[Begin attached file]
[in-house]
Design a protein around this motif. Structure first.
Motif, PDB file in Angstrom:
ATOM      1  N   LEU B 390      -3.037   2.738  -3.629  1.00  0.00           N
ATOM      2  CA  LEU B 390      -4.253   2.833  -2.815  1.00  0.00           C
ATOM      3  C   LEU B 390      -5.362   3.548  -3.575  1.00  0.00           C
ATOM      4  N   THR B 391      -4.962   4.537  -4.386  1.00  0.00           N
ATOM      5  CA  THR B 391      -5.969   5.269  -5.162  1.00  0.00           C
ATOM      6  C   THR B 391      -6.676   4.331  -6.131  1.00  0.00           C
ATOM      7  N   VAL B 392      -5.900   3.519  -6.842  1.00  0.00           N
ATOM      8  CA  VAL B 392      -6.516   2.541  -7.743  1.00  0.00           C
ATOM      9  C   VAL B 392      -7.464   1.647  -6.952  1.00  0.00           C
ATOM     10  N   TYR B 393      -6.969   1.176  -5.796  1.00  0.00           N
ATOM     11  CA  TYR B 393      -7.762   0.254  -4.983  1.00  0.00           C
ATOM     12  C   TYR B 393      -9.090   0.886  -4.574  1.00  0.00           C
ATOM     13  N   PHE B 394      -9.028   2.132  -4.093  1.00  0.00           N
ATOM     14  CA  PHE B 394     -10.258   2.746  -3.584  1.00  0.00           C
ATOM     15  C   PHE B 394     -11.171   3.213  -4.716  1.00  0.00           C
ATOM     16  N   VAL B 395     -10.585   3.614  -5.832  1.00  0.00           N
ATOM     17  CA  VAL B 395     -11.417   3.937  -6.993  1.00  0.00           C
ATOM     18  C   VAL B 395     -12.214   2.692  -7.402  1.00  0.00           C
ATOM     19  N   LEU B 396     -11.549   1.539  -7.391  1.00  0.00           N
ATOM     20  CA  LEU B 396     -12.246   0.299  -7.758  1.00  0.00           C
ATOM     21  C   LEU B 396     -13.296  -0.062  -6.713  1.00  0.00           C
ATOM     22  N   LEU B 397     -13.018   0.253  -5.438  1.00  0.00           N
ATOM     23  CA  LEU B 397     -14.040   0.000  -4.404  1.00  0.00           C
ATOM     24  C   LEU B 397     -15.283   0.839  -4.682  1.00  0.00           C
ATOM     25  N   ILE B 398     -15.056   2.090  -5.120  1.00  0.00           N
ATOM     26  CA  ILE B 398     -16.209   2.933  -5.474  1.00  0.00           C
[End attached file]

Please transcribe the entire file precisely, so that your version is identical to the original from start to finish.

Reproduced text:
[in-house]
Design a protein around this motif. Structure first.
Motif, PDB file in Angstrom:
ATOM      1  N   LEU B 390      -3.037   2.738  -3.629  1.00  0.00           N
ATOM      2  CA  LEU B 390      -4.253   2.833  -2.815  1.00  0.00           C
ATOM      3  C   LEU B 390      -5.362   3.548  -3.575  1.00  0.00           C
ATOM      4  N   THR B 391      -4.962   4.537  -4.386  1.00  0.00           N
ATOM      5  CA  THR B 391      -5.969   5.269  -5.162  1.00  0.00           C
ATOM      6  C   THR B 391      -6.676   4.331  -6.131  1.00  0.00           C
ATOM      7  N   VAL B 392      -5.900   3.519  -6.842  1.00  0.00           N
ATOM      8  CA  VAL B 392      -6.516   2.541  -7.743  1.00  0.00           C
ATOM      9  C   VAL B 392      -7.464   1.647  -6.952  1.00  0.00           C
ATOM     10  N   TYR B 393      -6.969   1.176  -5.796  1.00  0.00           N
ATOM     11  CA  TYR B 393      -7.762   0.254  -4.983  1.00  0.00           C
ATOM     12  C   TYR B 393      -9.090   0.886  -4.574  1.00  0.00           C
ATOM     13  N   PHE B 394      -9.028   2.132  -4.093  1.00  0.00           N
ATOM     14  CA  PHE B 394     -10.258   2.746  -3.584  1.00  0.00           C
ATOM     15  C   PHE B 394     -11.171   3.213  -4.716  1.00  0.00           C
ATOM     16  N   VAL B 395     -10.585   3.614  -5.832  1.00  0.00           N
ATOM     17  CA  VAL B 395     -11.417   3.937  -6.993  1.00  0.00           C
ATOM     18  C   VAL B 395     -12.214   2.692  -7.402  1.00  0.00           C
ATOM     19  N   LEU B 396     -11.549   1.539  -7.391  1.00  0.00           N
ATOM     20  CA  LEU B 396     -12.246   0.299  -7.758  1.00  0.00           C
ATOM     21  C   LEU B 396     -13.296  -0.062  -6.713  1.00  0.00           C
ATOM     22  N   LEU B 397     -13.018   0.253  -5.438  1.00  0.00           N
ATOM     23  CA  LEU B 397     -14.040   0.000  -4.404  1.00  0.00           C
ATOM     24  C   LEU B 397     -15.283   0.839  -4.682  1.00  0.00           C
ATOM     25  N   ILE B 398     -15.056   2.090  -5.120  1.00  0.00           N
ATOM     26  CA  ILE B 398     -16.209   2.933  -5.474  1.00  0.00           C